Whether you are using shared hosting, a VPS, or a dedicated server, there is a good chance that you will eventually use Linux, unless you specifically chose a Windows or other Unix-like server. Most web hosts today offer Linux for their standard hosting packages and therefore use Linux file permissions for files. Fortunately for you, the file permission system for Linux is very easy to use.
In Linux there are three types of ownership designations: owner (or user), group, and others (or world). There are also three levels of permissions: read, write, and execute. Those are the only six terms you need to know. With that knowledge, you can tell who is the owner of a file and who has permissions to read, write, and/or execute the file.
From the command line or file manager, the permissions for a file will look something like this:
-rw-rw-r– 5 sandy sandy 20480 05:38 index.html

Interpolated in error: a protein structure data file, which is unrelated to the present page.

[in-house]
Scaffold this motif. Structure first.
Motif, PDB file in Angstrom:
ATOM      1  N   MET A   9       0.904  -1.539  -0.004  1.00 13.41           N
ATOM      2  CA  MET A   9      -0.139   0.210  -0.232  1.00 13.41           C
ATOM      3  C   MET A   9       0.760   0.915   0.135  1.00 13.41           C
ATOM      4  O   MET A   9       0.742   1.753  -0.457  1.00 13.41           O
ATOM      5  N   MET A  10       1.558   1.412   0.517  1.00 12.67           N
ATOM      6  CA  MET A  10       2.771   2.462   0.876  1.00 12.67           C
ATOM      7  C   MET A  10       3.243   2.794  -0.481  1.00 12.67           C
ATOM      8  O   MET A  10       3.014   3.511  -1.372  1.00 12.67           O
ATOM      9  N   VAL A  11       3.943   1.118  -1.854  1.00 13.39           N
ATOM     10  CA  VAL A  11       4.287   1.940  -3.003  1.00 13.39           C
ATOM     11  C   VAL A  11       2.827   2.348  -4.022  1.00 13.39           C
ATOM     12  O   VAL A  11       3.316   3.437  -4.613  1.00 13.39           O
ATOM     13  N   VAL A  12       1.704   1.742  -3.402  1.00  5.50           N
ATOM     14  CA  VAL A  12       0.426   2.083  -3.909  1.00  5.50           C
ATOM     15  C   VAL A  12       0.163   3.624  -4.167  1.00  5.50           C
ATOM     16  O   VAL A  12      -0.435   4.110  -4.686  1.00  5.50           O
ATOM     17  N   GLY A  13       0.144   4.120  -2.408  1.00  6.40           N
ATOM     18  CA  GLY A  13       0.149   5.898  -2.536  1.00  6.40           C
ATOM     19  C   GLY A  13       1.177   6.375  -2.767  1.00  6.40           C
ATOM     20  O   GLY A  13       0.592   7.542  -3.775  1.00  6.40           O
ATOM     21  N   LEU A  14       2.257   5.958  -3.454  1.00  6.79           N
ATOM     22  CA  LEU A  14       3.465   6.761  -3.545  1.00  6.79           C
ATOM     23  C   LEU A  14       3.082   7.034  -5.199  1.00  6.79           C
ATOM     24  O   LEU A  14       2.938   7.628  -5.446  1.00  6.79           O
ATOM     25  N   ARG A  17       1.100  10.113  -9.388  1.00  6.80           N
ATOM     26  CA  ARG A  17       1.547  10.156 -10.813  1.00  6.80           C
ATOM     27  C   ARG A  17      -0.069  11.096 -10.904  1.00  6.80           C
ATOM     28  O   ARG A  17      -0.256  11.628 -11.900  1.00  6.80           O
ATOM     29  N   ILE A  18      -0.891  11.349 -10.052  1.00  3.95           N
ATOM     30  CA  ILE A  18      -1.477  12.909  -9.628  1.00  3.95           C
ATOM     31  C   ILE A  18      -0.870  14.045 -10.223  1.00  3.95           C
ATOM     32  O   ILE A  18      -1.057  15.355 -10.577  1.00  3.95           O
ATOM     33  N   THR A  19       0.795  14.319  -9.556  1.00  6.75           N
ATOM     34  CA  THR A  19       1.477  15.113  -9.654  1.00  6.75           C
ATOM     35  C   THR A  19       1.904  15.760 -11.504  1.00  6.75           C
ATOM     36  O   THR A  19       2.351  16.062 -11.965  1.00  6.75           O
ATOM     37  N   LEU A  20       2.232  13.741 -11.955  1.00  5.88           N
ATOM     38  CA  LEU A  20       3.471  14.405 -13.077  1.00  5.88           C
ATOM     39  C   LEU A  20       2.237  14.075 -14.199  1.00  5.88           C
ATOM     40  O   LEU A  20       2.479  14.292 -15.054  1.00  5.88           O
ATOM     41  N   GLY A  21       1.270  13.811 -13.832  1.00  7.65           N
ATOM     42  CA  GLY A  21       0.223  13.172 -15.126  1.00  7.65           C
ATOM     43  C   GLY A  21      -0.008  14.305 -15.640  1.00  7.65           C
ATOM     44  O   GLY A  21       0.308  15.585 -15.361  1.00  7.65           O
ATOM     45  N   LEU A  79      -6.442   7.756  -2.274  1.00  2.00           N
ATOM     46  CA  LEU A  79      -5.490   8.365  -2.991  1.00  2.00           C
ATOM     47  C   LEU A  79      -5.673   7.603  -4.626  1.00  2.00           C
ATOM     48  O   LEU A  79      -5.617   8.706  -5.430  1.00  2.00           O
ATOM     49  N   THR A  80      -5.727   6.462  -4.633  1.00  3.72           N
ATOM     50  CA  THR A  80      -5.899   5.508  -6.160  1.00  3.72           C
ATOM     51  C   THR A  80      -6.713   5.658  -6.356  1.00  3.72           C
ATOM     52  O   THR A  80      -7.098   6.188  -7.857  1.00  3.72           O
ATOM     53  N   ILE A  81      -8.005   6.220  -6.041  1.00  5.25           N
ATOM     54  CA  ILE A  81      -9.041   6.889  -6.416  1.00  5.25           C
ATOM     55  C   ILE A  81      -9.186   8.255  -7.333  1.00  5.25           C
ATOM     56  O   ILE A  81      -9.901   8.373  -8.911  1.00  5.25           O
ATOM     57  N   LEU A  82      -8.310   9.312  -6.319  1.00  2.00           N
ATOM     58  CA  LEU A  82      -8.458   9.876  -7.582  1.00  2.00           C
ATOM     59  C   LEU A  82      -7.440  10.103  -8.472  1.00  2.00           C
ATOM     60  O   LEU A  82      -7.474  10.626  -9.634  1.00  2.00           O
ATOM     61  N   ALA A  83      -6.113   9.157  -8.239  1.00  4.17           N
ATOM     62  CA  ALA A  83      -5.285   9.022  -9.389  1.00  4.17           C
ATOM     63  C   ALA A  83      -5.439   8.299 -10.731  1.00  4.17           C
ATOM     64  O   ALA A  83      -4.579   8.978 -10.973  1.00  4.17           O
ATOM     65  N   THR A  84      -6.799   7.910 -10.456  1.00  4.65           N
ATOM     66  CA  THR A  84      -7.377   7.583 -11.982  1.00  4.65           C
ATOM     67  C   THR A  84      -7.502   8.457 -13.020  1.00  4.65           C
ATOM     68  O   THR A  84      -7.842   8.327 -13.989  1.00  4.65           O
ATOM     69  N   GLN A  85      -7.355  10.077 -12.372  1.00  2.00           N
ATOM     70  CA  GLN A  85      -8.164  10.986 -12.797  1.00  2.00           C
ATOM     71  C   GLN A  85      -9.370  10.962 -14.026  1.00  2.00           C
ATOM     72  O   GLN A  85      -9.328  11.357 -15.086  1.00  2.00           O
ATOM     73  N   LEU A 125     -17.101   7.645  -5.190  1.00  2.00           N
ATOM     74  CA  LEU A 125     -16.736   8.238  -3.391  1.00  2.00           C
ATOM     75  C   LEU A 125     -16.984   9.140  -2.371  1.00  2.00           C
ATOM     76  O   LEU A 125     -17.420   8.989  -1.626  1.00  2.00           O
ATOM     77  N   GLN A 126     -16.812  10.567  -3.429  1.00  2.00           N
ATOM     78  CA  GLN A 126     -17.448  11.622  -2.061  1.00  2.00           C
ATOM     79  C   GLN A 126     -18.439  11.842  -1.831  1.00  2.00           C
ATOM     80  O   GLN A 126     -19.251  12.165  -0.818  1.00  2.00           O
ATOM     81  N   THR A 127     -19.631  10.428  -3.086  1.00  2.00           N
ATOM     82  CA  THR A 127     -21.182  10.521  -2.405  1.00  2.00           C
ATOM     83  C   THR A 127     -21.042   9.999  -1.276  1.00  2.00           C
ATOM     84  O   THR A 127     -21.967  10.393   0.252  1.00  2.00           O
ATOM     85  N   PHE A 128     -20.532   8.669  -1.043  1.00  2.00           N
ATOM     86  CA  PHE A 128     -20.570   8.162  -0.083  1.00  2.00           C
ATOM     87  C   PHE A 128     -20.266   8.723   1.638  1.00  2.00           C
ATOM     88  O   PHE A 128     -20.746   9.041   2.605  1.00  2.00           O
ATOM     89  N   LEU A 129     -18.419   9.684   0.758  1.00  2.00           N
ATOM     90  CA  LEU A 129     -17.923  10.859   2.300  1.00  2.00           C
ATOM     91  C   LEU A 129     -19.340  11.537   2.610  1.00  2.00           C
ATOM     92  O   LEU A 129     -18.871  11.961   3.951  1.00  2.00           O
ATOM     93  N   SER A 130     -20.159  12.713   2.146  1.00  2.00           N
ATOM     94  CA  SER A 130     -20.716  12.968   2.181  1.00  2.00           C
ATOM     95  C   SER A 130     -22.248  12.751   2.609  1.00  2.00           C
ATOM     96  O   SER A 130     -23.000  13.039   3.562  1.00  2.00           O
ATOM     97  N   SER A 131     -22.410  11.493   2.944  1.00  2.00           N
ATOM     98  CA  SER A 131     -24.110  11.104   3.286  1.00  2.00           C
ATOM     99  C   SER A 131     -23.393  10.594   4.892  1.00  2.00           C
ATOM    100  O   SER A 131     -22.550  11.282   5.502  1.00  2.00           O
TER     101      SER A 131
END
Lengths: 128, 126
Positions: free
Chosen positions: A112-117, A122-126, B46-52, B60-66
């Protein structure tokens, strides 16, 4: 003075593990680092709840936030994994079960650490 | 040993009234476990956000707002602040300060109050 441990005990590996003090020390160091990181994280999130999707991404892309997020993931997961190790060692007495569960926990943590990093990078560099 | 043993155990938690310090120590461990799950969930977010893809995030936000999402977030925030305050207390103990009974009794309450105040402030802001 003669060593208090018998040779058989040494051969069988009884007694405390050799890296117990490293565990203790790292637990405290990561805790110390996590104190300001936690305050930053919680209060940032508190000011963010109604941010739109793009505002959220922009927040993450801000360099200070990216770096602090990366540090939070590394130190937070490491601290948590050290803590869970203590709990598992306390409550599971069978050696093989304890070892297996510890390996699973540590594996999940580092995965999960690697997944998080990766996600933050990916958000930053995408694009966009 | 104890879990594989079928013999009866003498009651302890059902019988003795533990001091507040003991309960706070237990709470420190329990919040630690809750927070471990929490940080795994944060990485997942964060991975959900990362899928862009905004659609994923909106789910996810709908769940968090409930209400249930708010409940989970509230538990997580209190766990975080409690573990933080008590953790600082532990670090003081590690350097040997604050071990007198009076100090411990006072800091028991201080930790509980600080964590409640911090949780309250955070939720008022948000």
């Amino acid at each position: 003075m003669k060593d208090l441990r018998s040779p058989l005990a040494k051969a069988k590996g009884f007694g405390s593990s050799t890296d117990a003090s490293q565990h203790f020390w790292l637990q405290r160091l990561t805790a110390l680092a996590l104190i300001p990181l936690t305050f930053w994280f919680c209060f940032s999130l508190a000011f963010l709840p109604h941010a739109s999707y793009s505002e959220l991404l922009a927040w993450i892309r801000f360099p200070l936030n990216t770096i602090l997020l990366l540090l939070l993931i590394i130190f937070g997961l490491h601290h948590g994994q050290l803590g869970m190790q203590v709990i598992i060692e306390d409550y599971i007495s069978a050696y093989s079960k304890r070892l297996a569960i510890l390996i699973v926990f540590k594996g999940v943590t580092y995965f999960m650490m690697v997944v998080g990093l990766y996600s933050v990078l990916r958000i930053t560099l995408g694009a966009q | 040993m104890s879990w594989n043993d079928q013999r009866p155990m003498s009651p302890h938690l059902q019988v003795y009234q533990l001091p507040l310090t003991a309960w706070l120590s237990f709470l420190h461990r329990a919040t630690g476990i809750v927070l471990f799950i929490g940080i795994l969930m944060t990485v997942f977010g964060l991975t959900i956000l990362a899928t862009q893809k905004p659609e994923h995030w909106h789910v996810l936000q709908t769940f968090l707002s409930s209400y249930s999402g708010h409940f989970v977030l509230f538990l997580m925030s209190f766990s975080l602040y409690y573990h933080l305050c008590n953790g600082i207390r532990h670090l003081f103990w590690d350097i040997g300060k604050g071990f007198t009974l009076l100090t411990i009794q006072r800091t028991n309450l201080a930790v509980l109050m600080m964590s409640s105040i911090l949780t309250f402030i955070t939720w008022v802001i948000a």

The file “index.html” is owned by the user “sandy” and also in sandy’s group. The permissions are:
- user/owner: read, write
- group: read, write
- others: read
This means that Sandy and anyone in her user group can modify the file, but everyone else can only view it. This might make sense for a web file, since the world needs to view it but certainly should not have the ability to change it.
Another example would be:
-rwxrwxr-x 1 morpheus morpheus 74 Mar 20 2012 runtime-script
In this example the permissions for a file owned by morpheus are:
- user/owner: read, write, execute
- group: read, write, execute
- others: read, execute
This file is fully executable, so it must be a script or application. Everyone can execute it, but only the owner and group can edit it.
Linux file permissions are simple enough to learn quickly but also powerful enough to protect your files, while still giving limited access to others when needed. For more detailed information about Linux file permissions, you can read this comprehensive tutorial on the web.